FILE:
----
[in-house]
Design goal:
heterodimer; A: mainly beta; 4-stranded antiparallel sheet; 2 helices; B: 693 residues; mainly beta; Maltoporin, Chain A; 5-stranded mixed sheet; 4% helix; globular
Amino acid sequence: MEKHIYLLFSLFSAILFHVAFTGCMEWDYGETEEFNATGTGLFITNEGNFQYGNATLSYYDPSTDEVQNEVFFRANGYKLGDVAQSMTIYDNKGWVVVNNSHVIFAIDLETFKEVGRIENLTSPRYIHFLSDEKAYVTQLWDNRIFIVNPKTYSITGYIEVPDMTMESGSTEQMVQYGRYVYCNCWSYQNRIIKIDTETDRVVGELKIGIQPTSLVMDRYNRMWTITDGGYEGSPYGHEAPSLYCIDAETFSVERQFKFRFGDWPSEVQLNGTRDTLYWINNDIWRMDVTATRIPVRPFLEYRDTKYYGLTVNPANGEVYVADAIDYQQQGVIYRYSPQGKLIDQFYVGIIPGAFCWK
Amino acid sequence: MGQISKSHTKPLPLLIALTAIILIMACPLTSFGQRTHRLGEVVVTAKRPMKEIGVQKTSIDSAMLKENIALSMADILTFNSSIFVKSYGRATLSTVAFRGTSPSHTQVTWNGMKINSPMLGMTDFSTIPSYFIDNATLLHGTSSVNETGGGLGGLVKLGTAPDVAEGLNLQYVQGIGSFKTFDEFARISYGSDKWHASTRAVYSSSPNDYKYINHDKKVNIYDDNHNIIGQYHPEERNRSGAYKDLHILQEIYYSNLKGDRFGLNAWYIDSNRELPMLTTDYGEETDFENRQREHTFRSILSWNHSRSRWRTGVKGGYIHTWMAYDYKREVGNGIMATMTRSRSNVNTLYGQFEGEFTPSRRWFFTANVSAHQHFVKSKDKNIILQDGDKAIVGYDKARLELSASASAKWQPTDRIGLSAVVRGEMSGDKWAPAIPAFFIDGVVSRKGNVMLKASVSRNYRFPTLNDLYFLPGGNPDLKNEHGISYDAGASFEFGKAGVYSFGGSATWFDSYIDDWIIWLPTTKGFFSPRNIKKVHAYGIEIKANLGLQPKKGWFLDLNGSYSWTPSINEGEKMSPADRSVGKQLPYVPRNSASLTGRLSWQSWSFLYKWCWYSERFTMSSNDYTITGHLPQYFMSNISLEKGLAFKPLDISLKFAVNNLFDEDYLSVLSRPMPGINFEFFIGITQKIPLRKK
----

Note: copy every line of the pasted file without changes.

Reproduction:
[in-house]
Design goal:
heterodimer; A: mainly beta; 4-stranded antiparallel sheet; 2 helices; B: 693 residues; mainly beta; Maltoporin, Chain A; 5-stranded mixed sheet; 4% helix; globular
Amino acid sequence: MEKHIYLLFSLFSAILFHVAFTGCMEWDYGETEEFNATGTGLFITNEGNFQYGNATLSYYDPSTDEVQNEVFFRANGYKLGDVAQSMTIYDNKGWVVVNNSHVIFAIDLETFKEVGRIENLTSPRYIHFLSDEKAYVTQLWDNRIFIVNPKTYSITGYIEVPDMTMESGSTEQMVQYGRYVYCNCWSYQNRIIKIDTETDRVVGELKIGIQPTSLVMDRYNRMWTITDGGYEGSPYGHEAPSLYCIDAETFSVERQFKFRFGDWPSEVQLNGTRDTLYWINNDIWRMDVTATRIPVRPFLEYRDTKYYGLTVNPANGEVYVADAIDYQQQGVIYRYSPQGKLIDQFYVGIIPGAFCWK
Amino acid sequence: MGQISKSHTKPLPLLIALTAIILIMACPLTSFGQRTHRLGEVVVTAKRPMKEIGVQKTSIDSAMLKENIALSMADILTFNSSIFVKSYGRATLSTVAFRGTSPSHTQVTWNGMKINSPMLGMTDFSTIPSYFIDNATLLHGTSSVNETGGGLGGLVKLGTAPDVAEGLNLQYVQGIGSFKTFDEFARISYGSDKWHASTRAVYSSSPNDYKYINHDKKVNIYDDNHNIIGQYHPEERNRSGAYKDLHILQEIYYSNLKGDRFGLNAWYIDSNRELPMLTTDYGEETDFENRQREHTFRSILSWNHSRSRWRTGVKGGYIHTWMAYDYKREVGNGIMATMTRSRSNVNTLYGQFEGEFTPSRRWFFTANVSAHQHFVKSKDKNIILQDGDKAIVGYDKARLELSASASAKWQPTDRIGLSAVVRGEMSGDKWAPAIPAFFIDGVVSRKGNVMLKASVSRNYRFPTLNDLYFLPGGNPDLKNEHGISYDAGASFEFGKAGVYSFGGSATWFDSYIDDWIIWLPTTKGFFSPRNIKKVHAYGIEIKANLGLQPKKGWFLDLNGSYSWTPSINEGEKMSPADRSVGKQLPYVPRNSASLTGRLSWQSWSFLYKWCWYSERFTMSSNDYTITGHLPQYFMSNISLEKGLAFKPLDISLKFAVNNLFDEDYLSVLSRPMPGINFEFFIGITQKIPLRKK